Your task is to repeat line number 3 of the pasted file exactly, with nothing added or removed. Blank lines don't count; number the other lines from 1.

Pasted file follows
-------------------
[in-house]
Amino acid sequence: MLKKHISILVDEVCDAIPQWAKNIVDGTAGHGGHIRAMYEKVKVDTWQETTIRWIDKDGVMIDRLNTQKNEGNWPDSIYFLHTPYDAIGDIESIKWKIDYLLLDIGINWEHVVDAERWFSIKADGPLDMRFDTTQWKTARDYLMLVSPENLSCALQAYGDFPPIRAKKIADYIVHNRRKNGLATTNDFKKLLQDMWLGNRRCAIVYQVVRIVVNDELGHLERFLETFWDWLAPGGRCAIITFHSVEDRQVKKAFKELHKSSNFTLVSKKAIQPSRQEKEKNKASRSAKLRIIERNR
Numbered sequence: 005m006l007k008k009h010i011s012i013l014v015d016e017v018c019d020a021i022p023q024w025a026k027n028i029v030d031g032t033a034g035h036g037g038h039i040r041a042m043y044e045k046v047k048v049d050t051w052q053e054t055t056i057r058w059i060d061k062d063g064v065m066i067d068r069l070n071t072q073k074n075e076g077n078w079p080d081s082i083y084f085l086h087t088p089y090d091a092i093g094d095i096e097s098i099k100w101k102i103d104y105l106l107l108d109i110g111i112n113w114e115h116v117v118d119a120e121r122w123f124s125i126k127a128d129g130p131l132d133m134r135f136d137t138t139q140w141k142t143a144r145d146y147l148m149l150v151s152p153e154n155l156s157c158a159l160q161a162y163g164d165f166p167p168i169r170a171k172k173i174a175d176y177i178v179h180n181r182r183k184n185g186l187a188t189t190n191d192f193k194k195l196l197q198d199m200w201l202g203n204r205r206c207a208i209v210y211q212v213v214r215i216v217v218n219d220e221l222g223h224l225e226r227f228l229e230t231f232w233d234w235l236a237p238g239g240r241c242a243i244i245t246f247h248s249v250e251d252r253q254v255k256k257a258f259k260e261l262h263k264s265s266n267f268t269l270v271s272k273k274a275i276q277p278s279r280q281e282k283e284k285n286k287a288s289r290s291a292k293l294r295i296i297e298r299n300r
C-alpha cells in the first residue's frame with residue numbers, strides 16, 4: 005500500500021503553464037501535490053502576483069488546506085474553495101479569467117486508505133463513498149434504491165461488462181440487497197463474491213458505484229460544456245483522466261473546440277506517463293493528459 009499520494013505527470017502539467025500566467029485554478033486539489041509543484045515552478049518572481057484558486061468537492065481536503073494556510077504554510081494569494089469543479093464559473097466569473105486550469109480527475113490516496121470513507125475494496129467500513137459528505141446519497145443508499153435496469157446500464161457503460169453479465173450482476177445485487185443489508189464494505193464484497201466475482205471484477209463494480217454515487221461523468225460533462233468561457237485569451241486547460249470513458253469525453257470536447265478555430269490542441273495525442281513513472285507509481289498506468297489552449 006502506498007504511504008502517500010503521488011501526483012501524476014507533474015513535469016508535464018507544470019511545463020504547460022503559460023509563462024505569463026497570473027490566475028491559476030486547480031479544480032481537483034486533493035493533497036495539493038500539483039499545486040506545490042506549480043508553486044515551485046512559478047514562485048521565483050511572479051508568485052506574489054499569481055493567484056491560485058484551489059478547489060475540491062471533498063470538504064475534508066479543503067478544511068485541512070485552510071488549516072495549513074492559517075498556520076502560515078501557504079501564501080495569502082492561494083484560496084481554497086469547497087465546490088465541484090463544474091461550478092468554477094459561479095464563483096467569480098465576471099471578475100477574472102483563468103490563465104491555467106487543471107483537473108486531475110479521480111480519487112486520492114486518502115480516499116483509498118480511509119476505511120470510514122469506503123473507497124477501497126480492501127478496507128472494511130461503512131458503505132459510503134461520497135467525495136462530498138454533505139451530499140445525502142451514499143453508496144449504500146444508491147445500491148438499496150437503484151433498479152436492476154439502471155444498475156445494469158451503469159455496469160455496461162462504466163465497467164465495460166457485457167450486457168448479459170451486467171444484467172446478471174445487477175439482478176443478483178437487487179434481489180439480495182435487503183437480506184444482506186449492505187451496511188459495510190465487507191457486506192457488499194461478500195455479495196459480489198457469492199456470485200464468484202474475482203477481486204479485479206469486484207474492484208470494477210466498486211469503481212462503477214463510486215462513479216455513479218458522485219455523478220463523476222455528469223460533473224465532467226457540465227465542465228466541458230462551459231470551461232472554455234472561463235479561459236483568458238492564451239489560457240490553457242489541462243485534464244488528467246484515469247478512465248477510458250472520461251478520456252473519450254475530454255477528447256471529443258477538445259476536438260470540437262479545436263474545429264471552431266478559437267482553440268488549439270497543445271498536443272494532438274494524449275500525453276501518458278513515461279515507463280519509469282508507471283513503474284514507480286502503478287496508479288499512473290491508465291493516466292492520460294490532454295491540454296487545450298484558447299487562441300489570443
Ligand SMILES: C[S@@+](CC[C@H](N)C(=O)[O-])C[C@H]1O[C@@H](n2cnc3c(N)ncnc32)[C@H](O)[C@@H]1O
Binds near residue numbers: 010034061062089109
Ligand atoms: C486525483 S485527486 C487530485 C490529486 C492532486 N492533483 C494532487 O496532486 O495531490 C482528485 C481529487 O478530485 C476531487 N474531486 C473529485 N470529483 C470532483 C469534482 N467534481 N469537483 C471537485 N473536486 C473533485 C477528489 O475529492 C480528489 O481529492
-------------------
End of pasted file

Numbered sequence: 005m006l007k008k009h010i011s012i013l014v015d016e017v018c019d020a021i022p023q024w025a026k027n028i029v030d031g032t033a034g035h036g037g038h039i040r041a042m043y044e045k046v047k048v049d050t051w052q053e054t055t056i057r058w059i060d061k062d063g064v065m066i067d068r069l070n071t072q073k074n075e076g077n078w079p080d081s082i083y084f085l086h087t088p089y090d091a092i093g094d095i096e097s098i099k100w101k102i103d104y105l106l107l108d109i110g111i112n113w114e115h116v117v118d119a120e121r122w123f124s125i126k127a128d129g130p131l132d133m134r135f136d137t138t139q140w141k142t143a144r145d146y147l148m149l150v151s152p153e154n155l156s157c158a159l160q161a162y163g164d165f166p167p168i169r170a171k172k173i174a175d176y177i178v179h180n181r182r183k184n185g186l187a188t189t190n191d192f193k194k195l196l197q198d199m200w201l202g203n204r205r206c207a208i209v210y211q212v213v214r215i216v217v218n219d220e221l222g223h224l225e226r227f228l229e230t231f232w233d234w235l236a237p238g239g240r241c242a243i244i245t246f247h248s249v250e251d252r253q254v255k256k257a258f259k260e261l262h263k264s265s266n267f268t269l270v271s272k273k274a275i276q277p278s279r280q281e282k283e284k285n286k287a288s289r290s291a292k293l294r295i296i297e298r299n300r